External links

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Travel guide

Up to date as of January 14, 2010

From Wikitravel

Nizhny Novgorod on the Oka
Nizhny Novgorod on the Oka

Nizhny Novgorod (Russian: Ни́жний Но́вгород), colloquially shortened to Nizhny, is Russia's fifth largest city, ranking after Moscow, Saint Petersburg, Novosibirsk and Yekaterinburg. It had a population in 2005 of 1,297,600. It is the economic and cultural center of the vast Volga economic region, and also the administrative center of Nizhny Novgorod Oblast and Volga Federal District.

From 1932 to 1990 the city was known as Gorky (Го́рький), after the writer Maxim Gorky. Following the fall of the Soviet Union, the old name was restored.

Understand

History

The city was founded by Grand Duke George II of Russia in 1221 at the confluence of two most important rivers of his principality, the Volga and the Oka. Its name literally means Newtown the Lower, to distinguish it from the older Novgorod. A major stronghold for border protection, Nizhny Novgorod fortress took advantage of a natural moat formed by the two rivers.

Along with Moscow and Tver, Nizhny Novgorod was among several newly-founded towns that escaped Mongol devastation on account of its insignificance and grew up into important centers of Russian political life during the period of Tatar yoke. For a short period of time it was the capital of the Suzdal Principality and competed with Moscow for the power in the region. However the competition with Moscow was lost and in 1392 the city was incorporated into Muscovy. Nizhny Novgorod Kremlin was built in 1508-1511 (under supervision of the Italian fortress engineers) and became one of the strongest Russian citadels. There is a legend saying that the project was initially developed with participation of Leonardo da Vinci. However there is no documented proof of Leonardo's work for that project, the only thing the legend is based on - the striking resemblance of Leonardo's sketches and the actual kremlin schemes. The fortress was strong enough to withstand Tatar sieges in 1520 and 1536.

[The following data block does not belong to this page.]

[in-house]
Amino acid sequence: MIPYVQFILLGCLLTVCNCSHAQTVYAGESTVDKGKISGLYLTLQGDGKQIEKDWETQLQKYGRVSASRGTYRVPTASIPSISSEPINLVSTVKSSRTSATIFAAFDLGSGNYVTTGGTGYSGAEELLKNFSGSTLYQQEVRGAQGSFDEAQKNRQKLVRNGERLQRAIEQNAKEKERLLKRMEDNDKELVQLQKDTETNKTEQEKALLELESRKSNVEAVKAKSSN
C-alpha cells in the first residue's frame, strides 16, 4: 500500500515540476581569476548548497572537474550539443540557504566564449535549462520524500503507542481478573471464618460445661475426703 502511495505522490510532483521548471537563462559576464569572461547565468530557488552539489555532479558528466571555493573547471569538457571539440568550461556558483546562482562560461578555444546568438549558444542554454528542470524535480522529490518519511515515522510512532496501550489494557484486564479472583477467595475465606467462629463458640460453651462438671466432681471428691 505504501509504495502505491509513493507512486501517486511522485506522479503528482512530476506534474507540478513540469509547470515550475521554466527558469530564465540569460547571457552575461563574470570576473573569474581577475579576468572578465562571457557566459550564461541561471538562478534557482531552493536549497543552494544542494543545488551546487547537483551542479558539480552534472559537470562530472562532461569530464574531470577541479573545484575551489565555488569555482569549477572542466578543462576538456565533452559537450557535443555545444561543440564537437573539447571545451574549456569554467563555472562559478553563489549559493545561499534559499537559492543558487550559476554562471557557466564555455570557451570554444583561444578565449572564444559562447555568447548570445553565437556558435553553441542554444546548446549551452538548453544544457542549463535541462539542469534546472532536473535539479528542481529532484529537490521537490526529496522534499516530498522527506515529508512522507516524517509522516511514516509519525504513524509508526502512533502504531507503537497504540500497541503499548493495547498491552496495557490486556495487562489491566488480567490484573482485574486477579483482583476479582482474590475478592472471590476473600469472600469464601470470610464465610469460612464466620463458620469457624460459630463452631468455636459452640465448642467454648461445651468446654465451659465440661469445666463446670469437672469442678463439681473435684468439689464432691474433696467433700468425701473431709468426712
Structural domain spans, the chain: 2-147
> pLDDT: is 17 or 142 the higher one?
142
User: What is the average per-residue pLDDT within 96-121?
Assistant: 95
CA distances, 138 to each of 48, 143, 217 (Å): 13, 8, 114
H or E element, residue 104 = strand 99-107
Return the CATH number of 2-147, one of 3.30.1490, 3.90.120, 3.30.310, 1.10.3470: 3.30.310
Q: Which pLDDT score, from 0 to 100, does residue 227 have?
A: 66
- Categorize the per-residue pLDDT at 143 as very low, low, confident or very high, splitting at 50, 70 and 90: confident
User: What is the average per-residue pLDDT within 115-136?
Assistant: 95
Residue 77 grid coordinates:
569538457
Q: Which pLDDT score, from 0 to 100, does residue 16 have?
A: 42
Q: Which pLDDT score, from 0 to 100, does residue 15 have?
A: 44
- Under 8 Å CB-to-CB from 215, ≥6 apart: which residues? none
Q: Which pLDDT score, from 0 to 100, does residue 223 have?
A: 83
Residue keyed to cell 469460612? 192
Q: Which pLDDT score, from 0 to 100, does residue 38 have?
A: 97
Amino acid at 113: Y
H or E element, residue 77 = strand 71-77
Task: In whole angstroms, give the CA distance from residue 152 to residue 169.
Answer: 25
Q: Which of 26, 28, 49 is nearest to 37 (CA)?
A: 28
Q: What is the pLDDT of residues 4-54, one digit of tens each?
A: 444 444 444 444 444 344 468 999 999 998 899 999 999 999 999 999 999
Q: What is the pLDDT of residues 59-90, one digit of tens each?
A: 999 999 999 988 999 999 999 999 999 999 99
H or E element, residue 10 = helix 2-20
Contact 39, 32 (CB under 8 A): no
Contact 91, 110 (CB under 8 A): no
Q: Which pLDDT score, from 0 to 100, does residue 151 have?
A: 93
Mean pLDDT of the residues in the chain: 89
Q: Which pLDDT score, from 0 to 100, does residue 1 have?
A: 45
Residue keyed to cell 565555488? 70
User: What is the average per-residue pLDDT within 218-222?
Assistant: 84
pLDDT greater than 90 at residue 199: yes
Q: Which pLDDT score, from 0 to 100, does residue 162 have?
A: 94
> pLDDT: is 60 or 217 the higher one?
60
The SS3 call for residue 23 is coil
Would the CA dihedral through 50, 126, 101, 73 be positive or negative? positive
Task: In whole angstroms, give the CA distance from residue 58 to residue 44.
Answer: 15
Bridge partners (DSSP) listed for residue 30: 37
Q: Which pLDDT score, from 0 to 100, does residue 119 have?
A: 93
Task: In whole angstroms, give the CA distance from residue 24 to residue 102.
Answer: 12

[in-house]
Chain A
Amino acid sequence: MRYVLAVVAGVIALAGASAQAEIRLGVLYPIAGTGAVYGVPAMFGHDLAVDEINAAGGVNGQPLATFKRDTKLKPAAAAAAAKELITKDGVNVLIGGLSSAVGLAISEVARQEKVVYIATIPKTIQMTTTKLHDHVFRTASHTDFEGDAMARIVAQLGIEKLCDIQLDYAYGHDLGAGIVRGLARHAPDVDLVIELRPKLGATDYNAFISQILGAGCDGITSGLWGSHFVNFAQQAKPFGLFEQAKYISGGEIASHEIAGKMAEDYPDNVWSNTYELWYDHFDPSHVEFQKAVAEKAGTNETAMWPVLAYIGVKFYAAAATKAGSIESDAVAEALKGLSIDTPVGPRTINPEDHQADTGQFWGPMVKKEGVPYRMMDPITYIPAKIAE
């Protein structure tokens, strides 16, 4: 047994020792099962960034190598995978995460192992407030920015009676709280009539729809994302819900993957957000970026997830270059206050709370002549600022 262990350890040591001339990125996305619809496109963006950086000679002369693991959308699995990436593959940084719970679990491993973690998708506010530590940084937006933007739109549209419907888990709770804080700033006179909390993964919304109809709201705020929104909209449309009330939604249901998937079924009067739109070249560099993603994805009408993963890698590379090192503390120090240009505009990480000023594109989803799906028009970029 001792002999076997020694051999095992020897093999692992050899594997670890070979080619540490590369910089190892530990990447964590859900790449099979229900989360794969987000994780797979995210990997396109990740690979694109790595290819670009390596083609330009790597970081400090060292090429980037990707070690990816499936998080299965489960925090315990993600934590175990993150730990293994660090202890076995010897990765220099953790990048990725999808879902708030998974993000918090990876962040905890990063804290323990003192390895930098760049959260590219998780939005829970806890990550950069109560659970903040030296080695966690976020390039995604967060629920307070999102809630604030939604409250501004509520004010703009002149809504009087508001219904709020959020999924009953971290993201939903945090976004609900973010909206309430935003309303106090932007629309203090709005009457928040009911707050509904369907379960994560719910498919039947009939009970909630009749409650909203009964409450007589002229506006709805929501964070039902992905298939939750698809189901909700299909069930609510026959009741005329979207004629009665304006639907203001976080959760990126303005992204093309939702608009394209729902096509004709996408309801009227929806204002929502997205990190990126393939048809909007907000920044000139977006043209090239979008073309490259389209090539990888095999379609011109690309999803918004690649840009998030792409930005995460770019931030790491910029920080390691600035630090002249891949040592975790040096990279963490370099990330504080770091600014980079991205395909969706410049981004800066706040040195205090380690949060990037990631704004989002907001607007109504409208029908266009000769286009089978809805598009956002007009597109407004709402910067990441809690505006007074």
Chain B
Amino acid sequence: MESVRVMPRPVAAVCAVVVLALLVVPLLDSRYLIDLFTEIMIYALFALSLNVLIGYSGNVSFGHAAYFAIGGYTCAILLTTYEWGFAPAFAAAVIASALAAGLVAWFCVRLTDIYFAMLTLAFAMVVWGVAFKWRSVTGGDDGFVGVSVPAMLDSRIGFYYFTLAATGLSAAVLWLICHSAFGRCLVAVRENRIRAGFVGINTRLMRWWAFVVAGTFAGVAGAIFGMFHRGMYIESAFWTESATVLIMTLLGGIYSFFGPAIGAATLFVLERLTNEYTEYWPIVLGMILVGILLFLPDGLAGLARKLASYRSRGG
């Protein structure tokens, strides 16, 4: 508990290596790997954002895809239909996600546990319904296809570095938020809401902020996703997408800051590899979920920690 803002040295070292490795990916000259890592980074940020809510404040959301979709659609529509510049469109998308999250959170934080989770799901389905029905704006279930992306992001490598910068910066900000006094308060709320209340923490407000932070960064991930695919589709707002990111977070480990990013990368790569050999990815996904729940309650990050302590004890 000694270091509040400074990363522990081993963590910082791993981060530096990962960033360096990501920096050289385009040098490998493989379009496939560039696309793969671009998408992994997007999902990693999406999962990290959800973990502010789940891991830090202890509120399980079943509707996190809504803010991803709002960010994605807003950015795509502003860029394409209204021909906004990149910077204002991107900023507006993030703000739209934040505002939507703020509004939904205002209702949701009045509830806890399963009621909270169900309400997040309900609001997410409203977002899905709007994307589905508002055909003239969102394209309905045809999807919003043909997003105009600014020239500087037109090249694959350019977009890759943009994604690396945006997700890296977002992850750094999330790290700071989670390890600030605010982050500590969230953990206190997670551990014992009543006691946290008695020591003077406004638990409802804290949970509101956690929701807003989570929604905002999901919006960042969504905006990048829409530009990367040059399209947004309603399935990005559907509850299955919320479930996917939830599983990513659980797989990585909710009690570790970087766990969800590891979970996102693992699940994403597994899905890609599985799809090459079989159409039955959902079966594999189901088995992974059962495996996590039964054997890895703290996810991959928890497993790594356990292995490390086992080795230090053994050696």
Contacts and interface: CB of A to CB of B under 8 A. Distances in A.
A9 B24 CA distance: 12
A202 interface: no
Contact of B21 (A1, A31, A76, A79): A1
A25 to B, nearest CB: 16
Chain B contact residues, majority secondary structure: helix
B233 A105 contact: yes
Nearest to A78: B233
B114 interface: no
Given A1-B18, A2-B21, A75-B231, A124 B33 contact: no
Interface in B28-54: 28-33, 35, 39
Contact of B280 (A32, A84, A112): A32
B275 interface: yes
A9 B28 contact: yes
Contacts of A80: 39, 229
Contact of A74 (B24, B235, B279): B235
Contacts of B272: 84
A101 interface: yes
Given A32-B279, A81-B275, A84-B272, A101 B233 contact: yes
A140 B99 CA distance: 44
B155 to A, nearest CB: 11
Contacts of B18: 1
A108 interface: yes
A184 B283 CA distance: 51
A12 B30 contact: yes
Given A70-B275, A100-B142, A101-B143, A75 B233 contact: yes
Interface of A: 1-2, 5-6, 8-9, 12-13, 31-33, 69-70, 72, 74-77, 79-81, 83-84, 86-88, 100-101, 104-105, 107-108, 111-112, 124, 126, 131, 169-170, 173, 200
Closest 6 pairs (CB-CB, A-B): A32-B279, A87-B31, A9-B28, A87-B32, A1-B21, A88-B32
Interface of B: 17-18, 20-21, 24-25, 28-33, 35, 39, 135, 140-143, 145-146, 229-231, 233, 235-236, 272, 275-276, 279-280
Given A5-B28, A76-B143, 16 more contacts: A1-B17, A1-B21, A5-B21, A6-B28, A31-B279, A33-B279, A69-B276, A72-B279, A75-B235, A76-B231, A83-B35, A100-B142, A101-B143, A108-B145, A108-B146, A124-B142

In 1612, the so-called national militia, gathered by a local merchant Kuzma Minin and commanded by Knyaz Dmitry Pozharsky expelled the Polish troops from Moscow, thus putting an end to the Time of Troubles and establishing the rule of the Romanov dynasty.

In 1817, the Makariev Fair, one of the liveliest in the world the 16th-18th centuries, was transferred to Nizhny Novgorod, which thereupon started to attract numerous visitors and by the mid-19th century it turned Nizhny Novgorod into trade capital of the Russian Empire.

Under the Soviet rules the trade connections of the city were abandoned and Nizhny Novgorod turned to become an important industrial centre instead. During the communist time the city was closed to foreigners to safeguard the security of Soviet military research. The physicist and the Nobel laureate Andrei Sakharov was exiled there during 1980-1986 to limit his contacts with foreigners.

Districts